The Bronx Health and Housing Consortium, with assistance from the CSH, collected and analyzed data between December 2013 – January 2014 concerning the obstacles facing Health Home service providers in the Bronx in obtaining housing for their clients. At the annual Bronx Health & Housing Consortium meeting in December 2013, the four Bronx Health Homes reported the percentage of enrollees who answered “Yes” to the NYS Assessment form question: “Are you Homeless?”

As of December 2013, an average of 21% of Bronx Health Home clients were self-reported homeless. At the same Consortium meeting, the NYS Department of Health reported 7,743 people enrolled in Bronx Health Homes. Thus, 21% of 7,743 translates to 1,626 Bronx Health Home participants homeless or unstably housed. Even if the actual need for units is half this figure, there would still be a need for almost 800 units in the Bronx for Health Home participants. Last year, there were about 50 MRT permanent supportive housing units allocated to the Bronx, all scatter-site and for single adults.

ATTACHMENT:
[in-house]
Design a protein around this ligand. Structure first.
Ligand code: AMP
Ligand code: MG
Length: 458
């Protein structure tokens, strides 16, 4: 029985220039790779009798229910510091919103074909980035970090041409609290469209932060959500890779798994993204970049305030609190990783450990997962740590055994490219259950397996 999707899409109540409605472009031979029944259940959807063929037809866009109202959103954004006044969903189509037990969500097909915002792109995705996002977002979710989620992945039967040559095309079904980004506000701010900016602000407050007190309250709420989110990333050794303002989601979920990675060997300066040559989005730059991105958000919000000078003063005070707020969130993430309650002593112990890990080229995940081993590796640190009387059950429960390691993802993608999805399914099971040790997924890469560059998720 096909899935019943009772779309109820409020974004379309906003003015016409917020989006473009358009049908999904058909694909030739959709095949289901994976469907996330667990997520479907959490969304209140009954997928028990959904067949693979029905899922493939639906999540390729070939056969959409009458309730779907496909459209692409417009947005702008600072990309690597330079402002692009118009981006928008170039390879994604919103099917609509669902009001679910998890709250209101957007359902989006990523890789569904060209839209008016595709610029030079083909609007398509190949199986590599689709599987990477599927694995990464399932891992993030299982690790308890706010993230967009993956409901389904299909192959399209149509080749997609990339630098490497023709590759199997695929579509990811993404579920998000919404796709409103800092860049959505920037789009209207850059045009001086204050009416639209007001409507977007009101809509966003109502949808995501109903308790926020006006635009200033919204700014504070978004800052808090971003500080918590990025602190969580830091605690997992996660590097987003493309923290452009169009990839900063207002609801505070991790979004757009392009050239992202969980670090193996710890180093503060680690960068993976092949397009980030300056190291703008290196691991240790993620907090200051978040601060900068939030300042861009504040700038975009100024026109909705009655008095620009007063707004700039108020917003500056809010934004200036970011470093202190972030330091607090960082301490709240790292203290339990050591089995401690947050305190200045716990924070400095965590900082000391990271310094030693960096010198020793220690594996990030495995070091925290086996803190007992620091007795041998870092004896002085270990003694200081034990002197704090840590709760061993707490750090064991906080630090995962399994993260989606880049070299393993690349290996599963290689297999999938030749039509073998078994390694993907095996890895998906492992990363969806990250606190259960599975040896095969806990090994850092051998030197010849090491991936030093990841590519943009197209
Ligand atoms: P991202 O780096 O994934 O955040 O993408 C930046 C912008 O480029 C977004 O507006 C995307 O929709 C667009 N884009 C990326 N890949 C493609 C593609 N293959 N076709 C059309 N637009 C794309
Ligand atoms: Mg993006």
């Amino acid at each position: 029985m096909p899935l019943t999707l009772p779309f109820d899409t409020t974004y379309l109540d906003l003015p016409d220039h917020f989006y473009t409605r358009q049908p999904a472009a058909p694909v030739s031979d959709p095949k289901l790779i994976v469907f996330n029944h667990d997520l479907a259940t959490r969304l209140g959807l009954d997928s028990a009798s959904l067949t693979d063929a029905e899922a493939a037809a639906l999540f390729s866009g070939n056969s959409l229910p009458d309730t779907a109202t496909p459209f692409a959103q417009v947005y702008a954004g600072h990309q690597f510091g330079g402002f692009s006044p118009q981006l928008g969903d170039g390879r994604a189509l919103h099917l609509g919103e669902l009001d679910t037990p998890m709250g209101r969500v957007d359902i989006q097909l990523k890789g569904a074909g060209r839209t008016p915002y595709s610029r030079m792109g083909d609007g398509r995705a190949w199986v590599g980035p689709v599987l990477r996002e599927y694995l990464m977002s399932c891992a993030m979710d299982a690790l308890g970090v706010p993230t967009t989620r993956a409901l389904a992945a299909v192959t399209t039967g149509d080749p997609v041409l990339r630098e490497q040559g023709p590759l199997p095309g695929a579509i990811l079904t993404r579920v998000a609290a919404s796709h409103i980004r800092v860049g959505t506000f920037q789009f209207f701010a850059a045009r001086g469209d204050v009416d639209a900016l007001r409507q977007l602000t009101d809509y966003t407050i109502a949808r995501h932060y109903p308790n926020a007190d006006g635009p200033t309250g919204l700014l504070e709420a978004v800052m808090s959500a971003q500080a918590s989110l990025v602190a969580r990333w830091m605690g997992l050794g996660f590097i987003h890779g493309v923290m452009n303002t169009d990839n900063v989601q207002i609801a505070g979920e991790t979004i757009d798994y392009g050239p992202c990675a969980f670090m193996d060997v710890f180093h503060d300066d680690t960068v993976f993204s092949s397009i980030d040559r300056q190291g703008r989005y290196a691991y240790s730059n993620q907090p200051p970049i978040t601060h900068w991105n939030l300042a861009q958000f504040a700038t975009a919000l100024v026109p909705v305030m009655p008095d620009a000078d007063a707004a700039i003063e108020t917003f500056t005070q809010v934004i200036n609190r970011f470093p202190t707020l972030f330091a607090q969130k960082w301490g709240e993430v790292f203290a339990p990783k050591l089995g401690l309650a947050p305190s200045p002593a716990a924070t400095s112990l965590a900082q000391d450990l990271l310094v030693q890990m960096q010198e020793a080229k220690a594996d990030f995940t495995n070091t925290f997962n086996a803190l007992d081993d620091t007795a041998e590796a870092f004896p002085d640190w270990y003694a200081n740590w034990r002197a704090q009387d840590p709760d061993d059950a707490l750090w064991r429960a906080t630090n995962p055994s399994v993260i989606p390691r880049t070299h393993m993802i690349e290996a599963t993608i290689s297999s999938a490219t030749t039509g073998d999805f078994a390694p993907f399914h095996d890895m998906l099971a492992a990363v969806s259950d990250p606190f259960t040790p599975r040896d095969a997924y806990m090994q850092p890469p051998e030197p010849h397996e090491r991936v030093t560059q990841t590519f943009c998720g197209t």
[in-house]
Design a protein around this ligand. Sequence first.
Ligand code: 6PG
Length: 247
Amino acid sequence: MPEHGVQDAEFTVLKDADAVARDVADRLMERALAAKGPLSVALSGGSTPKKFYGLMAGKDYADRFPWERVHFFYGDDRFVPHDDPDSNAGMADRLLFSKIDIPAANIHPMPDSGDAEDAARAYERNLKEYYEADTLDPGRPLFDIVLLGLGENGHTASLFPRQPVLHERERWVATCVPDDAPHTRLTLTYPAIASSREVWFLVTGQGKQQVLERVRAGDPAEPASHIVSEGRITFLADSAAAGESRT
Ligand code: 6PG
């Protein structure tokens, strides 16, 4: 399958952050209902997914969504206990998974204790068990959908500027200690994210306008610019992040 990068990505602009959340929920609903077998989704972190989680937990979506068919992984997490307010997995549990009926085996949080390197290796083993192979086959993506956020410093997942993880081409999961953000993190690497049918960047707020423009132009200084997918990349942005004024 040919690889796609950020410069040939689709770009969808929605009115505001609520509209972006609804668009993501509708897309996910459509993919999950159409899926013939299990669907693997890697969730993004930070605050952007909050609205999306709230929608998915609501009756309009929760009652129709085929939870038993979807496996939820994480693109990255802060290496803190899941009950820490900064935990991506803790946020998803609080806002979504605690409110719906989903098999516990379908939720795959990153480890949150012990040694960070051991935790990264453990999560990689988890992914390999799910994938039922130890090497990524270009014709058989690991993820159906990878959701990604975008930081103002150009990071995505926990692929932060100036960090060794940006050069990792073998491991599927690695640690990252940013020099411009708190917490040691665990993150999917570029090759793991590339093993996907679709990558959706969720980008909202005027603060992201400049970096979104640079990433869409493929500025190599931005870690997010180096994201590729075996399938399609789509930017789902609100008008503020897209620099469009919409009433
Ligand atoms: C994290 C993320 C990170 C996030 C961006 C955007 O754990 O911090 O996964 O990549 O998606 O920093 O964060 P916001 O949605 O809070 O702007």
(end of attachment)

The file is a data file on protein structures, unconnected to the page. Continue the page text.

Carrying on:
We also asked the Health Homes to supply the following data from this sample that identified as homeless: demographics, entitlements, medical diagnoses, service utilization and housing situation. This second data source, which includes information on 428 Health Home enrollees, was collected from three of the four Bronx Health Homes. All of this self-reported data is included in the assessments performed by case managers at the Health Homes. Our final source of data is a select qualitative sample comprised of thirteen case studies completed by Health Home care coordinators. Here, care coordinators were asked to select cases that they believed highlighted the obstacles that they face in their attempts to acquire stable housing for their clients. We use this data to illustrate the work required on the part of care coordinators to support Health Home enrollees with complex needs. All three sets of data were made anonymous before our review.